Stable blood sugar equals good mood with Hashimoto’s hypothyroidism

stable blood sugar for stable mood

You’ve probably heard that depression and other mental health issues are based on a lack of brain chemicals such as serotonin and GABA. Conventional treatment is to give medications that trick the brain into thinking it has enough chemicals. But new research shows in many cases mental health issues are related to chronic inflammation and unstable blood sugar is often at the root of inflammation.

Because inflammation is such a key player in Hashimoto’s hypothyroidism, it’s important to understand ways to manage it — not only for your autoimmune thyroid condition but also for your mood.

How does inflammation cause mood issues when you have Hashimoto’s hypothyroidism?

When the body is chronically inflamed, it sends chemical messengers to the brain, where they activate the brain’s immune cells, called glial cells. Chronic inflammation permanently activates destruction by the glial cells:

  • Reduced production of brain chemicals such as serotonin, dopamine, and GABA.
  • Brain cells can’t produce vital energy to thrive.
  • Cells degrade and die, releasing toxins into the brain, causing even more damage.

The result? Depression, anxiety, and even Alzheimer’s.

Hashimoto’s hypothyroidism can cause inflammation in the brain, wrecking mood. This is but one reason it’s important to keep blood sugar and inflammation in check when you have Hashimoto’s hypothyroidism.

How does blood sugar factor in with Hashimoto’s?

The fix for these issues is managing the destructive inflammatory cascade  At the core of systemic inflammation for many people is blood sugar balance. When we eat too many sugars or carbs, the body over-produces insulin, a hormone that helps escort glucose (sugar) into cells for energy. Too much insulin in the blood exhausts the cells, resulting in them becoming resistant to it (insulin resistance). This leads to excess glucose in the bloodstream, which is severely damaging to tissues in the blood vessels and brain. It is also a precursor to diabetes.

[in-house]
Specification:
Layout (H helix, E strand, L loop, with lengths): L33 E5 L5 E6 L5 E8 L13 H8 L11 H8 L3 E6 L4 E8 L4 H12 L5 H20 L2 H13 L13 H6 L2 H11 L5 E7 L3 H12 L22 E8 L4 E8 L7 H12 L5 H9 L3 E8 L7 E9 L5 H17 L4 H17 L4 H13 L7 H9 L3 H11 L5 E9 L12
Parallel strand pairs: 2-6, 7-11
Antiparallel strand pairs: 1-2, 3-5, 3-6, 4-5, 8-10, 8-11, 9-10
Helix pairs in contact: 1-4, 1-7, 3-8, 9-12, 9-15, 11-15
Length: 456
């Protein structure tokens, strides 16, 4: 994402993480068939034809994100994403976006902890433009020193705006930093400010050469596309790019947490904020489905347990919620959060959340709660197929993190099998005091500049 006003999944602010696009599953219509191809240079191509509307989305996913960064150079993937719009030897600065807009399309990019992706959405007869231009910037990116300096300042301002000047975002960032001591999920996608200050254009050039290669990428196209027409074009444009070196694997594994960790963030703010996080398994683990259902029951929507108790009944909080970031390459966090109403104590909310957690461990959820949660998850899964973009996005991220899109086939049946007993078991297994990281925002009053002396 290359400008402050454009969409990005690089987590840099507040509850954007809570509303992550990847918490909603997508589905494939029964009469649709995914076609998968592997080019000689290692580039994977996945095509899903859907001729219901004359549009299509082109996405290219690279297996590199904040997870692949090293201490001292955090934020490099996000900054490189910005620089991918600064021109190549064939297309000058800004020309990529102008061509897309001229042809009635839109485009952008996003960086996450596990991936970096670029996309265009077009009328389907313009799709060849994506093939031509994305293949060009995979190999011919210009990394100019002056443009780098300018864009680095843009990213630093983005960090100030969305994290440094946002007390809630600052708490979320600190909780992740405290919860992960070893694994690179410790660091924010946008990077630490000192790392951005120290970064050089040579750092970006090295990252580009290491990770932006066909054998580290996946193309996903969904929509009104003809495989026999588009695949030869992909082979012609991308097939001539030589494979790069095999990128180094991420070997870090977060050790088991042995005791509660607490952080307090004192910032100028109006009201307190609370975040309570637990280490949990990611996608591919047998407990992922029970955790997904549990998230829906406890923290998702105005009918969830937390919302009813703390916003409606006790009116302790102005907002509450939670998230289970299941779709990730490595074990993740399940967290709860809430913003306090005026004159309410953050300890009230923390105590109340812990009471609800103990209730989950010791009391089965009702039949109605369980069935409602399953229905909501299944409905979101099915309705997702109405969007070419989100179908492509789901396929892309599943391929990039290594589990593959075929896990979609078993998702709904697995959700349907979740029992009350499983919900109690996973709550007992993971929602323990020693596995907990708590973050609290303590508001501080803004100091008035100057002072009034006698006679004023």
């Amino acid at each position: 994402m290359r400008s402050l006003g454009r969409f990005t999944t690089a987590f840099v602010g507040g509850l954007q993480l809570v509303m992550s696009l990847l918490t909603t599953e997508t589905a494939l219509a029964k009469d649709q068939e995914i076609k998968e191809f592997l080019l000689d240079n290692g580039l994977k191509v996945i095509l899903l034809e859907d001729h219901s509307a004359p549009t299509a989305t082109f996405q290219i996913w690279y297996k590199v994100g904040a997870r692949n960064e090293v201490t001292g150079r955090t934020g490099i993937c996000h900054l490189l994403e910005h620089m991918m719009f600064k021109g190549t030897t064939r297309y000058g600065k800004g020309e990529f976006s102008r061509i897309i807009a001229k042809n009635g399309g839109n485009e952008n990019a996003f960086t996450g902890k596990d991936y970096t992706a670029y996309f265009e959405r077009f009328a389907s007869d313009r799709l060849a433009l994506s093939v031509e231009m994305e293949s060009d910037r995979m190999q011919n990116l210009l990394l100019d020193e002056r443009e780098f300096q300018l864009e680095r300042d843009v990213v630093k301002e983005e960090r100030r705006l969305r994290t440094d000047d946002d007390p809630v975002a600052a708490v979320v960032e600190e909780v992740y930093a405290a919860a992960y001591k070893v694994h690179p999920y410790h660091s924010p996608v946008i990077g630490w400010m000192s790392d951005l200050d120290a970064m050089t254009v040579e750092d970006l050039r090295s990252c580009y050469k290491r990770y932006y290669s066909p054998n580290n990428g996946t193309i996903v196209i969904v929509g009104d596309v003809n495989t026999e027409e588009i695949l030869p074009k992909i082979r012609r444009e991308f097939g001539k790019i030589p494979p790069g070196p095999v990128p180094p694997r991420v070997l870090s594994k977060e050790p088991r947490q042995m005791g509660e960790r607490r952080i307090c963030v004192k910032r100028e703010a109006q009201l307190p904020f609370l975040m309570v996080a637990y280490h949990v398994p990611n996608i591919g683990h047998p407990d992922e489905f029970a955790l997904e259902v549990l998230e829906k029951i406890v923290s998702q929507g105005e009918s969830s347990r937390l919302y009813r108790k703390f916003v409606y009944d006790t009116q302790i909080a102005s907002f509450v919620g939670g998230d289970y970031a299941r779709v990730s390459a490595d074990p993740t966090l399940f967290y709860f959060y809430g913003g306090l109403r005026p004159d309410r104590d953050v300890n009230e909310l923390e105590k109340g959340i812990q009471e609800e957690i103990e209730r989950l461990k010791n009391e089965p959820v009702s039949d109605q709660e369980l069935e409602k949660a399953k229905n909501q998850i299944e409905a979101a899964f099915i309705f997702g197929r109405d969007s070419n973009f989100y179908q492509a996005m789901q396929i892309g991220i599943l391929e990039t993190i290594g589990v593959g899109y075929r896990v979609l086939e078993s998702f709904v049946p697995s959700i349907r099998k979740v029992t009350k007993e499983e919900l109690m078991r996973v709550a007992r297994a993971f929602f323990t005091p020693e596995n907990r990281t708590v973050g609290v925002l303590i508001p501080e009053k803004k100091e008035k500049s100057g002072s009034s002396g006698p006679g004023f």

Not only does this destabilize mood and mental health, it also flares up Hashimoto’s hypothyroidism.

How can I keep my blood sugar balanced when I have Hashimoto’s hypothyroidism?

By keeping blood sugar balanced, we can help reduce the inflammatory cascade that creates brain inflammation and exacerbates Hashimoto’s hypothyroidism.

Below are dietary and lifestyle habits that help keep blood sugar stable. By practicing them, you may notice positive shifts in your mood, energy level, mental focus, and Hashimoto’s hypothyroidism symptoms:

  • Always eat a protein-strong breakfast within an hour of waking. Include healthy fats, and avoid sweets and fruit before lunch.
  • Eat every 3–4 hours to avoid low blood sugar.
  • Eat protein with every meal and snack; never eat just sweets.
  • When you crave sugar, choose protein or foods with healthy fats such as coconut or olive oil.
  • Eat a small high-protein snack before bed to keep blood sugar stable throughout the night.
  • Don’t use caffeine to boost low energy in that afternoon “crash;” it’s your brain telling you it needs real nutrients, not stimulants. Instead, eat a healthy snack with protein, fat and a few carbs, and hydrate with water.
  • Wake and go to bed at the same time every day. Get plenty of sleep and if you’re tired, let yourself nap. Exercise regularly to keep blood sugar stable. Also, a 5- to 7-minute burst of high intensity exercise helps reduce inflammatory factors in the brain.

In addition to the factors above, certain botanicals are highly effective in helping manage blood sugar and reduce brain inflammation. If you have questions about mood, blood sugar stability, and Hashimoto’s hypothyroidism, please contact my office.

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June 11, 2016
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